YOO v. ROBI

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Court of Appeal, Second District, Division 7, California.

Timothy J. YOO, as Trustee in Bankruptcy, etc., Plaintiff and Appellant, v. Martha ROBI, Defendant and Appellant.

No. B165843.

    Decided: February 14, 2005

Terran T. Steinhart, Los Angeles, for Plaintiff, Appellant and Cross-Respondent. Allen Hyman, North Hollywood, for Defendant, Respondent and Cross-Appellant.

 Howard Wolf brought this action to recover a commission allegedly due him under a personal management contract with Paul Robi, one of the original members of the legendary singing group The Platters.1  The trial court awarded judgment to Robi. Wolf and Robi both filed timely appeals.   The principal issues in Wolf's appeal are whether Wolf violated the Talent Agencies Act (Labor Code section 1700, et sequitur) by procuring performance engagements for Robi without being licensed as a talent agency and, if so, whether such violation of the Act bars Wolf's recovery of a commission for procuring a recording engagement for Robi-an activity which the Act specifically exempts from the license requirement.   In Robi's cross-appeal we must decide whether an appeal from a determination by the Labor Commissioner of a controversy arising under the Act may be filed in a pending superior court action between the parties to the controversy or must be initiated by a separate, independent action.

We conclude substantial evidence supports the trial court's finding Wolf procured performance engagements for Robi in violation of the Act thus rendering his contracts with Robi void and barring his recovery of a commission for procuring a recording contract for Robi. We further conclude an appeal from a determination by the Labor Commissioner of a controversy  arising under the Act may be filed either in a pending action between the parties to the controversy or in a separate, independent action.

FACTS AND PROCEEDINGS BELOW

In April 1986 Robi entered into a contract with Jango Records to record a Platters record album in exchange for consideration including royalties based on the number of albums sold.   The Platters recorded the album in June and July of 1986 but Jango never released it.

At the time Robi and The Platters recorded the album for Jango, Robi also had a contract with Wolf under which Wolf was to perform certain services for Robi. This contract covered the period November 1985 to November 1986 and was one of a series of one year contracts with identical terms spanning the period November 1983 to February 1988.

Under these contracts Wolf agreed to:  “[A]dvise and counsel in the selection of literary and artistic material;  advise and counsel in any and all matters pertaining to public relations;  advise and counsel with relation to the adoption of proper formats for presentation of [Robi's] artistic talents [and] in the determination of proper style, mood, setting, business and characterization in keeping with [Robi's] talents;  advise and counsel the selection of artistic talent to assist, accompany or embellish [Robi's] artistic presentation;  and advise and counsel with regard to general practices in the entertainment industry and with respect to such matters of which [Wolf] may have knowledge concerning compensation and privileges extended for similar artistic values.”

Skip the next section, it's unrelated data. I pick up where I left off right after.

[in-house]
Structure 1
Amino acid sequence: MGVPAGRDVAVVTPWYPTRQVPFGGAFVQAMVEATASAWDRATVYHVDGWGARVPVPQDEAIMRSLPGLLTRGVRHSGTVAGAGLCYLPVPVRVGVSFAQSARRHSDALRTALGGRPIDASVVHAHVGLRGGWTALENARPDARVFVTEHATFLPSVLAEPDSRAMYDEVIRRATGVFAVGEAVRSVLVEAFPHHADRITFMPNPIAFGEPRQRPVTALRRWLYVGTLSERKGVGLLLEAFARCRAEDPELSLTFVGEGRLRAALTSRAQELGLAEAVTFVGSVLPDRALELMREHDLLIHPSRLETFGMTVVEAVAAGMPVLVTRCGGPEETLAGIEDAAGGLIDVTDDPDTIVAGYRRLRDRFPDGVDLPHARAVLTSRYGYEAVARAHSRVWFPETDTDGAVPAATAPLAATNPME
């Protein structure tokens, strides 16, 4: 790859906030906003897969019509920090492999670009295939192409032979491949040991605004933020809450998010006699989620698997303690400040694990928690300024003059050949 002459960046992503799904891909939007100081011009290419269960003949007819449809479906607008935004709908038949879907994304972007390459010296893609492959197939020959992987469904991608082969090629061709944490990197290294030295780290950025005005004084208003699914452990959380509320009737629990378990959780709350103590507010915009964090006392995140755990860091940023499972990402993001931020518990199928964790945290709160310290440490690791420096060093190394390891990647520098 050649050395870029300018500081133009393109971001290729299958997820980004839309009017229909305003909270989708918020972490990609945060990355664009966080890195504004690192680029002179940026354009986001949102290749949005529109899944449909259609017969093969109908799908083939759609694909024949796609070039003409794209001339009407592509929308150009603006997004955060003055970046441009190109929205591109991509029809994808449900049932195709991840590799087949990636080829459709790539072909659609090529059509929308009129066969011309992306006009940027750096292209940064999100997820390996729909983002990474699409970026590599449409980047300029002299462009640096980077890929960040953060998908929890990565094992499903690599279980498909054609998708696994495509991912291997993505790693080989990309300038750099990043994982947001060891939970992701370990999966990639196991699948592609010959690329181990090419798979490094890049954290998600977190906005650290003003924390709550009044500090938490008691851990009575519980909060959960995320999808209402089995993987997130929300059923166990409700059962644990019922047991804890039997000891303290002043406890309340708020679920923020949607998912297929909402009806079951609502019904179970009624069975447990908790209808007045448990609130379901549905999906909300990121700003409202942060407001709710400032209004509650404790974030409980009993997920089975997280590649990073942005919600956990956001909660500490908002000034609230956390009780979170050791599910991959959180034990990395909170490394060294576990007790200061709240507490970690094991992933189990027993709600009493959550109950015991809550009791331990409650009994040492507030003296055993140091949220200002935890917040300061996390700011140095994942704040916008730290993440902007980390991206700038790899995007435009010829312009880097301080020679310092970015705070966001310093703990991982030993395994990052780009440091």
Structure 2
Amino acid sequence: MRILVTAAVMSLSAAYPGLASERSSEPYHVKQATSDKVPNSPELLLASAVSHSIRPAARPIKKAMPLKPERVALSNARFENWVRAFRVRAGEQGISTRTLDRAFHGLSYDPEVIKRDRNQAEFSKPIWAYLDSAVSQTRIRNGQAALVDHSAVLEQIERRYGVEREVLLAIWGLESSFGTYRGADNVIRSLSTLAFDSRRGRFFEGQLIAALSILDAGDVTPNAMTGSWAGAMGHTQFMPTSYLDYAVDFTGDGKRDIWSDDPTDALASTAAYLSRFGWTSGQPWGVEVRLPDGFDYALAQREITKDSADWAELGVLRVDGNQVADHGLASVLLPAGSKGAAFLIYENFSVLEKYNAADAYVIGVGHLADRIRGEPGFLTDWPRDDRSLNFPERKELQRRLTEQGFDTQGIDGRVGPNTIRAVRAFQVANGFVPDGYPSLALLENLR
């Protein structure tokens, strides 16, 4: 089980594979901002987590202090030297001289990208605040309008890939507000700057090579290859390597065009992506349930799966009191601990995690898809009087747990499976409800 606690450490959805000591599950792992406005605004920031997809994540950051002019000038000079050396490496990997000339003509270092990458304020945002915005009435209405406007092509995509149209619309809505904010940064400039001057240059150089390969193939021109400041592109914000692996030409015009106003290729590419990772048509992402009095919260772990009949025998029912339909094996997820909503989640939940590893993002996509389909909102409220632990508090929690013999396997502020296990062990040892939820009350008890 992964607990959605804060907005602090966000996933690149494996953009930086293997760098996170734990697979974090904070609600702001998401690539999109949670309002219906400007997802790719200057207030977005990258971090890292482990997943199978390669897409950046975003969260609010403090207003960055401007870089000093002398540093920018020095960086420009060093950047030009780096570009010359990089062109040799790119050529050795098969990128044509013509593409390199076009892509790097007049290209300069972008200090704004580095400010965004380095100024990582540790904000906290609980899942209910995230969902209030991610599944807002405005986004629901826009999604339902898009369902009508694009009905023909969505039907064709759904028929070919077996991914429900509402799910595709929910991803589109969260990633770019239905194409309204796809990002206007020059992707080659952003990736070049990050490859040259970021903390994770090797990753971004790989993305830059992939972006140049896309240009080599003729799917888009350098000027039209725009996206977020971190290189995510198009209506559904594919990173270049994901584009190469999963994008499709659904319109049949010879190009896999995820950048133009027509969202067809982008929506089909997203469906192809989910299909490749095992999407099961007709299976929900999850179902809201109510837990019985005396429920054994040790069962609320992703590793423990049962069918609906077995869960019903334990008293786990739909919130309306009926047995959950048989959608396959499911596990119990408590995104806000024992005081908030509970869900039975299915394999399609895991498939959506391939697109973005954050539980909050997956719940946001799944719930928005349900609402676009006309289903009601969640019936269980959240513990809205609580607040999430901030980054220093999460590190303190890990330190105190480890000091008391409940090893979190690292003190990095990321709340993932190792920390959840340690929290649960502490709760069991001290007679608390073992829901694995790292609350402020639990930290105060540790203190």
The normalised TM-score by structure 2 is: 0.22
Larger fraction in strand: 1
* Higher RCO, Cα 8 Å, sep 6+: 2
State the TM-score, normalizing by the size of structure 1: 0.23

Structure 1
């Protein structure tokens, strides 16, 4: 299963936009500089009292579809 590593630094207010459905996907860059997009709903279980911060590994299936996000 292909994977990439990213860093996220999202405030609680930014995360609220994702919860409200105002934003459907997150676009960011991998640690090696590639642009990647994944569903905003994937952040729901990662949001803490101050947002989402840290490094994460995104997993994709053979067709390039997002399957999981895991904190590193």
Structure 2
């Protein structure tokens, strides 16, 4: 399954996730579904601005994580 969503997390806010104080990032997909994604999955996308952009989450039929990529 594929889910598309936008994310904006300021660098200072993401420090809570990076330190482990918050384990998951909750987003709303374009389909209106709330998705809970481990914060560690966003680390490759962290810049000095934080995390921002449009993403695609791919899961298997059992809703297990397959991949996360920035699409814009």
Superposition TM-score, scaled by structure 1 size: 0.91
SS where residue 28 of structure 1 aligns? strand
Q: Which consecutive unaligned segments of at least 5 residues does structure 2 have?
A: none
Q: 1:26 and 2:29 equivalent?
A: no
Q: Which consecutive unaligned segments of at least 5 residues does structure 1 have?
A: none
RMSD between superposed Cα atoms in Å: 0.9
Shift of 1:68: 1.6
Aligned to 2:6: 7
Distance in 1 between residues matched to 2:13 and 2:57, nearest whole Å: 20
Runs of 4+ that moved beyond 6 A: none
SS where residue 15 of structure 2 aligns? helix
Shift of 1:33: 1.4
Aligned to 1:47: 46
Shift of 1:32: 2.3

As compensation for his services Wolf was to receive “a sum equal to 10% of any and all gross monies or other considerations which [Robi] may receive as a result of [his] activities in and throughout the entertainment, amusement and publishing industries․” Paragraph 8 of the contracts further provided Robi would pay Wolf “a similar sum following the expiration of the term [of the contract] upon and with respect to any and all engagements, contracts and agreements entered into or substantially negotiated during the term hereof relating to any of the foregoing․”

In entering into the contracts with Wolf, Robi acknowledged:  “You [i.e. Wolf] have specifically advised me [i.e. Robi] that you are not a ‘talent agent’ but active [sic] solely as a personal manager, and that you are not licensed as a ‘talent agent’ under the Labor Code of the State of California;  you have at all times advised me that you are not licensed to seek or obtain  employment or engagements for me and that you do not agree to do so, and you have made no representations to me, either oral or written, to the contrary.”

Following Robi's death Martha Robi, his widow and successor in interest, licensed the manufacture of two record albums utilizing the recordings Robi and the Platters made for Jango Records.

Wolf filed this action alleging Paragraph 8 of his contract, quoted above, entitled him to a commission of 10 percent of the gross amount Robi earned from the sale of those albums.   Robi filed a demurrer to the complaint which the trial court sustained and we overruled.2  Robi then answered the complaint raising numerous affirmative defenses.   Robi's answer, however, did not include as an affirmative defense a claim Wolf's contract with Robi was void and invalid because Wolf acted under the contract to procure employment or engagements for Robi without a license to do so in violation of the Act.3

Although Robi did not raise the invalidity of the contract as an affirmative defense, while this action was pending in the superior court Robi did raise the invalidity issue in a Petition to Determine Controversy filed with the California Labor Commissioner pursuant to section 1700.44.4  The petition alleged throughout the period 1983 through 1988 Wolf acted as an unlicensed talent agency for Robi and therefore the 1983 through 1988 contracts providing for commissions for Wolf's services, including the contract in effect at the time of the Jango recordings, were void as a matter of law.   The court stayed proceedings in this action pending the Labor Commissioner's determination on Robi's petition.